Tuesday, March 20, 2012

Facebook’s New Timeline and Dealing With Change


Facebook will soon start requiring people to switch to a new profile format known as Timeline. Timeline is essentially a scrapbook of your whole life on Facebook. It's the most radical change in the history of the site. This news has been greeted with intense emotion in the blogosphere.

Changing the place we call home resonates deeply. Timeline makes us uneasy because we will now be doing openly what we have always done unconsciously. Living in the moment, we do not have the perspective that Timeline offers.

I for one am not too excited about this change. Even as a change agent I am not prepared for the inevitable. This has forced me to think about how we deal with change.

Change is one of the most difficult things for humans to readily accept. Anyone who has worked in or led an organization's transformation understands change is not easy. We are so ingrained in the way that we do things that to do it a new way, or to stop doing something causes us to feel uncomfortable. We equate uncomfortable with wrong, instead of different, and there's a tendency to go back to what was comfortable.

People tend to resist change naturally. There are four common reasons people resist change:

It's unknown –One of life's greatest fears is the unknown. It causes us to resist those things for which we cannot easily discern an outcome.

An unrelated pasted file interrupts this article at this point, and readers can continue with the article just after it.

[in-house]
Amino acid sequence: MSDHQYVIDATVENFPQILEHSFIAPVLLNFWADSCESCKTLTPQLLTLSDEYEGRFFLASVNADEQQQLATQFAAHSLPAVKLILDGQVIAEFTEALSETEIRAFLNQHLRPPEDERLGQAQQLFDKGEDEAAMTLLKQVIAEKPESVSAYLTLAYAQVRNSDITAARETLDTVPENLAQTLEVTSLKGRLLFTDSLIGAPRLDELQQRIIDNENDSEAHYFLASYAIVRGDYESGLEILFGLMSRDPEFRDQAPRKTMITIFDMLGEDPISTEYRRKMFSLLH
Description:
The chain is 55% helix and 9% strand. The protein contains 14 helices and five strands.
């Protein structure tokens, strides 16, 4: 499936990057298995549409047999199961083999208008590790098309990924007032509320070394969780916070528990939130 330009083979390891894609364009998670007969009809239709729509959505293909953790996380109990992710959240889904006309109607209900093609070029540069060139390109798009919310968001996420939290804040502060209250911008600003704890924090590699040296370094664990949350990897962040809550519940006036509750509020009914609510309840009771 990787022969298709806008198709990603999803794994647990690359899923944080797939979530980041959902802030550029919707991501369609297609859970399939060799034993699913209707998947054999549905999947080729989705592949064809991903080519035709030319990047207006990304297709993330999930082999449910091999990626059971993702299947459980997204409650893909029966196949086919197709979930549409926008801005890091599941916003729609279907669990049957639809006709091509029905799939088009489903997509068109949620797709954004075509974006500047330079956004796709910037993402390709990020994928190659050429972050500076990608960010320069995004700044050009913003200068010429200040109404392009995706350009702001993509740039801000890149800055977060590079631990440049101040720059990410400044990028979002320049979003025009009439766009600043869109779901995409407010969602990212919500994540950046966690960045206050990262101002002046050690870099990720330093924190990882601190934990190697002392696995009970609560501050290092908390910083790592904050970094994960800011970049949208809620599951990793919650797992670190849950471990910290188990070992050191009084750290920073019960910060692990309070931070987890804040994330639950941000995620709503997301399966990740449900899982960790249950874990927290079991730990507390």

It's challenging – Change stretches us out of our comfort zone. Some of us like to be stretched more than other people do.

It's uncertain – When we change, we are often introducing untested waters. We prefer certainty.

It's unpopular – The resistance to change is universal. Change invites animosity and tension.

However, our fears of change can be managed with the following suggestions:

Suggestion 1: Keep people informed. Communicate as much as you know about what is happening as a result of the change. One of the major reasons people resist change is fear of the unknown. If you communicate and keep them informed, you put this fear to rest.

Suggestion 2: Answer the "What's in it for Me?" question. This suggestion is similar to Suggestion 1. Generally people will accept change when they see a personal benefit. . Assist people in identifying what the change will do for them.

Suggestion 3: Empower people to become part of the change. There are several reasons people resist change, one of which is fear. Help people identify how the change will influence them, benefit them, and improve their present situations.

Suggestion 4: Help people assimilate to the change. Once people begin to experience change, help them assimilate to it by reinforcing the personal benefits they're gaining.

All new things stir emotion, as the most adventurous of us hold tightly to our moorings. While we wait to see how significant the impact of Timeline really is, we are wondering what to hope for. In a time of anxiety, it can be comforting to survey the impact of small changes. One thing, for sure, that is contributing to our unease about Timeline: it would have been nice to be asked.


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